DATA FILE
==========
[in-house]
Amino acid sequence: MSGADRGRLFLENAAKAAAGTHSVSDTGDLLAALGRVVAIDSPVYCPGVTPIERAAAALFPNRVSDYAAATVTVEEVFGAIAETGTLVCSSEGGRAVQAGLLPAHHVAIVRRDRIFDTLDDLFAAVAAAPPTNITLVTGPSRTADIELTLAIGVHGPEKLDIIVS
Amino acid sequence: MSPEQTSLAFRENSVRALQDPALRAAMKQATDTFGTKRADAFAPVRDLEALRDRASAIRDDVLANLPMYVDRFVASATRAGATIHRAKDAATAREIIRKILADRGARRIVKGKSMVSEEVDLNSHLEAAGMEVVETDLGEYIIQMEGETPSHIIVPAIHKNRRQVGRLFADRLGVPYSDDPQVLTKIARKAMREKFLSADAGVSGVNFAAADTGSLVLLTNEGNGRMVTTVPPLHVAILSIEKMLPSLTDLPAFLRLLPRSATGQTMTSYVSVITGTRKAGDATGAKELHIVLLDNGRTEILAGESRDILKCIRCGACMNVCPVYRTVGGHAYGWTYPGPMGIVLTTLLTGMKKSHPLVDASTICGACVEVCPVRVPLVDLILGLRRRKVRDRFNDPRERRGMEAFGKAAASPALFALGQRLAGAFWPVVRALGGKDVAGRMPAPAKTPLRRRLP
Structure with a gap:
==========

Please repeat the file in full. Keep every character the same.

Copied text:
[in-house]
Amino acid sequence: MSGADRGRLFLENAAKAAAGTHSVSDTGDLLAALGRVVAIDSPVYCPGVTPIERAAAALFPNRVSDYAAATVTVEEVFGAIAETGTLVCSSEGGRAVQAGLLPAHHVAIVRRDRIFDTLDDLFAAVAAAPPTNITLVTGPSRTADIELTLAIGVHGPEKLDIIVS
Amino acid sequence: MSPEQTSLAFRENSVRALQDPALRAAMKQATDTFGTKRADAFAPVRDLEALRDRASAIRDDVLANLPMYVDRFVASATRAGATIHRAKDAATAREIIRKILADRGARRIVKGKSMVSEEVDLNSHLEAAGMEVVETDLGEYIIQMEGETPSHIIVPAIHKNRRQVGRLFADRLGVPYSDDPQVLTKIARKAMREKFLSADAGVSGVNFAAADTGSLVLLTNEGNGRMVTTVPPLHVAILSIEKMLPSLTDLPAFLRLLPRSATGQTMTSYVSVITGTRKAGDATGAKELHIVLLDNGRTEILAGESRDILKCIRCGACMNVCPVYRTVGGHAYGWTYPGPMGIVLTTLLTGMKKSHPLVDASTICGACVEVCPVRVPLVDLILGLRRRKVRDRFNDPRERRGMEAFGKAAASPALFALGQRLAGAFWPVVRALGGKDVAGRMPAPAKTPLRRRLP
Structure with a gap: